Moreover, the Group was able to take the millions of molecular dynamics simulation data points and make them comprehendible by presenting them in bar graphs, thereby facilitating their understanding of the relationship between the structure of the polymers and the rate at which the polymer excited state is quenched. This can be seen in figure 3. The donor-acceptor distance distributions (red bars) represent the distance between each monomer unit along the backbone and each pendant isoindigo. The acceptor-acceptor distribution (yellow bars) illustrates the overall density of the pendant isoindigo chromophores, and the lines at the base of the bars represent the “deconvolved” distance distribution (nearest acceptor, second nearest acceptor, third nearest acceptor, etc.), which was created using the deconvolution function in their graphing solution. Determining the nearest neighbor distribution was of particular interest to the researchers, because it describes the probability of finding a pendant at a specific distance from the polymer backbone.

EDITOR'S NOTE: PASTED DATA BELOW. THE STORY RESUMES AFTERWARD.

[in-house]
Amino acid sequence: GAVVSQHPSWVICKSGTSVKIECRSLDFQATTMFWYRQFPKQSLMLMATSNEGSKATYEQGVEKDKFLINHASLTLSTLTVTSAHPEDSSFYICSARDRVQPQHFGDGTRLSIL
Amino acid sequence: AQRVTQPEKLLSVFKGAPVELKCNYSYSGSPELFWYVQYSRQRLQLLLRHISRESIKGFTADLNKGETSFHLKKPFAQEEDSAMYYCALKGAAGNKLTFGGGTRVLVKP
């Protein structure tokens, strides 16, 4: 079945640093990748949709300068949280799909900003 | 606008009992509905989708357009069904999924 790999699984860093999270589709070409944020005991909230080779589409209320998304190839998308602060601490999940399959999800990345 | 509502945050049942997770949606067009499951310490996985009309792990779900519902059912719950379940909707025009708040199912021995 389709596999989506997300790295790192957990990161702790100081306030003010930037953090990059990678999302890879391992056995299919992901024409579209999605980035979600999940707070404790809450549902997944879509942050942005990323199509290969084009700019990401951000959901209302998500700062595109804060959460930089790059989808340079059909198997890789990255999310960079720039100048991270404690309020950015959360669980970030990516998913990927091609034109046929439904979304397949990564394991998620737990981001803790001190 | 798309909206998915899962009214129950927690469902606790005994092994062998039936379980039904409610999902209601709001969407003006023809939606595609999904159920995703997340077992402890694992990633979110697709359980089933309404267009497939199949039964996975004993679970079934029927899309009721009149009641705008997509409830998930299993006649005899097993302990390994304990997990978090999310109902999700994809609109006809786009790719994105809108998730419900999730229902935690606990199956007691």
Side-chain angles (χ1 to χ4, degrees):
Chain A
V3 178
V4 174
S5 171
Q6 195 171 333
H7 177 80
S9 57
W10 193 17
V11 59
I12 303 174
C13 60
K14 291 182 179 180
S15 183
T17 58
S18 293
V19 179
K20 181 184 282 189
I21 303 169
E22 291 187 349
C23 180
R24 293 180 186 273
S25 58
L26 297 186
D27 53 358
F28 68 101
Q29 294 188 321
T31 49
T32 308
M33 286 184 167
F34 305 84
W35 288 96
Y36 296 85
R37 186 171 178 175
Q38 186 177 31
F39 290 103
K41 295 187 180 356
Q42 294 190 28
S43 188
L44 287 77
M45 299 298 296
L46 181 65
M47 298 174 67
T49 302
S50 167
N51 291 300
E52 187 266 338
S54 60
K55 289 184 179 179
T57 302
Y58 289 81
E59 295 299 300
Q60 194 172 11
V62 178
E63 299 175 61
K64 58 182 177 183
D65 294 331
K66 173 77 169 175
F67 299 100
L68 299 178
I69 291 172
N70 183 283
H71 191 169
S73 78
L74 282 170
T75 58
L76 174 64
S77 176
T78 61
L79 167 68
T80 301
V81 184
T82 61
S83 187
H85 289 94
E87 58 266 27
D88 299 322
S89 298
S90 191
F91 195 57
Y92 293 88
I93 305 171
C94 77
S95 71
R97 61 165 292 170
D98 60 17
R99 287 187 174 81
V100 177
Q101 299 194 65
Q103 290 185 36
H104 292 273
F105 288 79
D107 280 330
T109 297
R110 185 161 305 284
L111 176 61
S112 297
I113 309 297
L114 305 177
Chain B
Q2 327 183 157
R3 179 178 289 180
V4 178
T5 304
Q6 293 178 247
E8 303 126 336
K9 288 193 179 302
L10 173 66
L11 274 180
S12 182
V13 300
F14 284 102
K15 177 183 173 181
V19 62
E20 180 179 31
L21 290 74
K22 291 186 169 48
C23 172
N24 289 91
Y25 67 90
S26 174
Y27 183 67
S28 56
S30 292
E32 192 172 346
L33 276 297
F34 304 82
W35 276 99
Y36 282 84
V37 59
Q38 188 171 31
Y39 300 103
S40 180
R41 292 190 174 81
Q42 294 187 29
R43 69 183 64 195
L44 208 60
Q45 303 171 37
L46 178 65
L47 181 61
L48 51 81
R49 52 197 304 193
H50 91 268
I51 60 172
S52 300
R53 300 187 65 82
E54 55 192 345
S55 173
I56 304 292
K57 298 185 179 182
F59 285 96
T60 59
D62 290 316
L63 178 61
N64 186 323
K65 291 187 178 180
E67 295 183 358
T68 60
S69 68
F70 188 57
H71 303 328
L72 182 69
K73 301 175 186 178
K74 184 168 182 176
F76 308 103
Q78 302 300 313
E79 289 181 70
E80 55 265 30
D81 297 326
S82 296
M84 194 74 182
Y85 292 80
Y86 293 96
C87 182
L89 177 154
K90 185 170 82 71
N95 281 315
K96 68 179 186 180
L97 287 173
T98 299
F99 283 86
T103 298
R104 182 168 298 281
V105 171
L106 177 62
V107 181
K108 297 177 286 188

Uncovering the quenching dynamics
The flexibility and prowess of the Group’s graphing software enabled them to expertly present their abundant, experimental data clearly and concisely in a variety of graphic displays. Being able to visualize the data, fostered easier analysis to make conclusive inferences as to how to develop adequate polymer molecular assemblies and structures for improved solar energy conversion.